Kevin Sr. represents everything Kevin Jr. is terrified of becoming, a dynamic epitomized by Junior’s opposite reactions to similar circumstances. Where Kevin Jr. has always resisted the pull of the supernatural (or is it the delusional?), Kevin Sr. has embraced it with open arms. So where Kevin Jr. reacts to the Book of Kevin by beating his brother-in-law and threatening to burn it, Kevin Sr. responds with fury that he’s not in it. “I am not a part of Kevin Jr.’s story,” he growls. “He’s a part of mine!” The possibility that Kevin will become his father by succumbing to that messiah complex is one of the darkest The Leftovers has floated, and “Crazy Whitefella Thinking” suggests that this is the case more overtly than ever.
In the episode’s closing scene, we see just how Kevin Jr. might be pulled into his father’s temptingly self-assured way of looking at things. Kevin Sr.’s journey through the outback leads him, and the Book of Kevin, to Grace, a former missionary whose children died in the wilderness after she assumed they’d been Raptured. Grace leaps at the chance to talk to her children again through a resurrectable mystic, but ends up drowning an innocent man while Kevin Sr. lies in a coma instead. When he wakes up and finally meets Grace, she’s just starting to reckon with the depth of her sickness and the magnitude of her wrongdoing. “You’re not an angel,” she sobs. “There is no message. And God doesn’t care about me. It’s all just a story I tell myself. It’s just a stupid, silly story. And I believed it, because I’ve gone a bit crazy, haven’t I?” This is horrifically painful, but it’s also healthy. To move on, Grace must first embrace the fundamental illogic of the world she lives in, and learn not to substitute one bedrock ideology for another. Grace has to do what everyone on this show has to do — and what so many can’t — to survive this trauma intact. Resisting the urge to fit your life into a narrative is as necessary as it is impossible.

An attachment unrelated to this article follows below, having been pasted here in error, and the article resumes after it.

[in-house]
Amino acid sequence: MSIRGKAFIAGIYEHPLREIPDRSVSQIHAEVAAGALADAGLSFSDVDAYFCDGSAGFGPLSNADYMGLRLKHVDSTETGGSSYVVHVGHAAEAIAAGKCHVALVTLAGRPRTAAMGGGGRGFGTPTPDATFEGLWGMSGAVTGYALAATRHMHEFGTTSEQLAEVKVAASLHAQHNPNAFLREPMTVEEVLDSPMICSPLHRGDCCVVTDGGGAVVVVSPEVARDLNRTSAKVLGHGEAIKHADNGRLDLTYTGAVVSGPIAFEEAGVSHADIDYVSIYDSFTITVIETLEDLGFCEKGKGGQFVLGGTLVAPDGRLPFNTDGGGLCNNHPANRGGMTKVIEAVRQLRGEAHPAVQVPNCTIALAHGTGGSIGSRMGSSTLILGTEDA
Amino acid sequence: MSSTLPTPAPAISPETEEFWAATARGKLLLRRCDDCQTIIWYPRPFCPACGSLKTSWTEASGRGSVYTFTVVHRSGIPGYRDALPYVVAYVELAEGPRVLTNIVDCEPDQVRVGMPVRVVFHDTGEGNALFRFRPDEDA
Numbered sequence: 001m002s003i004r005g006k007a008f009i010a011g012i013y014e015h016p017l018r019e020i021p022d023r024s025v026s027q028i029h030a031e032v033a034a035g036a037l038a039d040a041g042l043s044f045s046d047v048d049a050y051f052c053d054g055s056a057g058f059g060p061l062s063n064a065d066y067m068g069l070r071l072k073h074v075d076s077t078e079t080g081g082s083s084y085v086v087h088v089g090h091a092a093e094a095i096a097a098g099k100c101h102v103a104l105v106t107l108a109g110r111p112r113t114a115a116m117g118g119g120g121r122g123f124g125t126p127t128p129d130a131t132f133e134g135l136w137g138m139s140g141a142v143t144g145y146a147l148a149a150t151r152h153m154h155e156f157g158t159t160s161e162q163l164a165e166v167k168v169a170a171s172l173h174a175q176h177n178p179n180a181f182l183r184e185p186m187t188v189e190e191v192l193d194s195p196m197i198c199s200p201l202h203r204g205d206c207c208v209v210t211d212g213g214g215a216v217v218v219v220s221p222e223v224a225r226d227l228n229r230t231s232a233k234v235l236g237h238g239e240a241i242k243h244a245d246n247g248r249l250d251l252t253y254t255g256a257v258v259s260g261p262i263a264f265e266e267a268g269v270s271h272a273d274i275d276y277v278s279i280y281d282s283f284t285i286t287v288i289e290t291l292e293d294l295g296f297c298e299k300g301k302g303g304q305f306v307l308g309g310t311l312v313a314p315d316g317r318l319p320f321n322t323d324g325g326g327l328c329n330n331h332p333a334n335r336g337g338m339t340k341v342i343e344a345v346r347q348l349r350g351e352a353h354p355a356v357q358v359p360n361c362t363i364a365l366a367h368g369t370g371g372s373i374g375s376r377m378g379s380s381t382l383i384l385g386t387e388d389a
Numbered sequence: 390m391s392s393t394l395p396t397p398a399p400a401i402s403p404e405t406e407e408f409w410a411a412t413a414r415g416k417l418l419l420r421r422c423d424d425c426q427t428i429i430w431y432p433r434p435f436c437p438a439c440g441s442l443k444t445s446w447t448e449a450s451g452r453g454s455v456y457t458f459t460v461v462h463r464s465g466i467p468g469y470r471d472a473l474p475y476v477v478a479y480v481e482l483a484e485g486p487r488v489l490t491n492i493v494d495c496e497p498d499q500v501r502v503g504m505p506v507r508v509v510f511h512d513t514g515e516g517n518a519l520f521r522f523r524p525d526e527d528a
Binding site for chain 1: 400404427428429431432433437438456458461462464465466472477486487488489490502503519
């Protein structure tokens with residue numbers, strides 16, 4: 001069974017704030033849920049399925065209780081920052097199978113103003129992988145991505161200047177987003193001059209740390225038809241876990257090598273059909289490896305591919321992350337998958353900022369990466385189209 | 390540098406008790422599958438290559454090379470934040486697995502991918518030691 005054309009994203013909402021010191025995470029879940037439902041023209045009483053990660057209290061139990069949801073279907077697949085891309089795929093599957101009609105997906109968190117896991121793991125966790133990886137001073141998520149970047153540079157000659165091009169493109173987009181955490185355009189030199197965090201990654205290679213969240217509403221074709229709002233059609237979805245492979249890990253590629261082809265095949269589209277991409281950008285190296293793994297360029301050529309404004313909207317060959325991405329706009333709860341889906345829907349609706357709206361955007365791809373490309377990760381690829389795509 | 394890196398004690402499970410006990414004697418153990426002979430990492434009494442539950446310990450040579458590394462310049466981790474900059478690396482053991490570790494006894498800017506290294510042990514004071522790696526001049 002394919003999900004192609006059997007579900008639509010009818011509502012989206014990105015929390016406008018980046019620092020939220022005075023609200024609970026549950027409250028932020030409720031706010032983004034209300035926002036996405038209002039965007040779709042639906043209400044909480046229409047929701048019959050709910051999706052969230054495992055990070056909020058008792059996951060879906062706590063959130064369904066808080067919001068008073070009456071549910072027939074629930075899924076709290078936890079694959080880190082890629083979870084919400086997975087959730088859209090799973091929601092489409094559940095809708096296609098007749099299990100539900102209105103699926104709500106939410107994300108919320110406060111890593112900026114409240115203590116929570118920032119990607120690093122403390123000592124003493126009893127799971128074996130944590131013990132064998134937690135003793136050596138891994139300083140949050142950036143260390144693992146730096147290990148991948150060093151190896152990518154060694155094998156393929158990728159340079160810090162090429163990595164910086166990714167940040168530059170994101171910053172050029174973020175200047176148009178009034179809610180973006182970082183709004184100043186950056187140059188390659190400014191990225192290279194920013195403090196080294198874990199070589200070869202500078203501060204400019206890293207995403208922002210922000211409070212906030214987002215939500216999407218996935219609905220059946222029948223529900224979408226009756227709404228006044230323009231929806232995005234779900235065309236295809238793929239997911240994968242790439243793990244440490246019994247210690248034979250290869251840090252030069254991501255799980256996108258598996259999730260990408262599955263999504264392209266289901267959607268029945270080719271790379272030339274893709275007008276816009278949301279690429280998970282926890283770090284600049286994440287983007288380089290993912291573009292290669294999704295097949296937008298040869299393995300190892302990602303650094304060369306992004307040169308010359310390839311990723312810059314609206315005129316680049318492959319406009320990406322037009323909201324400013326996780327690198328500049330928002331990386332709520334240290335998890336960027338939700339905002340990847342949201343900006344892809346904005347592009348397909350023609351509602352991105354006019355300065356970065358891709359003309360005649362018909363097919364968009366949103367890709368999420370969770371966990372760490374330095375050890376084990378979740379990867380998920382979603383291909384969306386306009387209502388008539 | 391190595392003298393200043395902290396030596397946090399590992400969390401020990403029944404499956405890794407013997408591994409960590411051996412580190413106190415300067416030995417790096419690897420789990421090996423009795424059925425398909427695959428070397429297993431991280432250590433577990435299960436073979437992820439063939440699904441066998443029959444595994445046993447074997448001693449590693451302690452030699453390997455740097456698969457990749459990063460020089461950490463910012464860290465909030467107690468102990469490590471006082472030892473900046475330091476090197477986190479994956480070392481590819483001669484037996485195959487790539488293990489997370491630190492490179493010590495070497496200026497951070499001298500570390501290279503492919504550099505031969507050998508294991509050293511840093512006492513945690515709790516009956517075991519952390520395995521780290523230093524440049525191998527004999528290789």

Before Grace can begin to heal, though, Kevin Sr. stops her. “I don’t think you’re crazy at all,” he says, with all the father-knows-best reassurance of Scott Glenn’s gravelly baritone. She just killed the wrong Kevin. Last week, The Leftovers dealt with the heartbreak of two mutually exclusive beliefs. This week, The Leftovers teased the impending heartbreak of two believers shoring each other up. What feels like renewed conviction really means kicking the can slightly further down the road.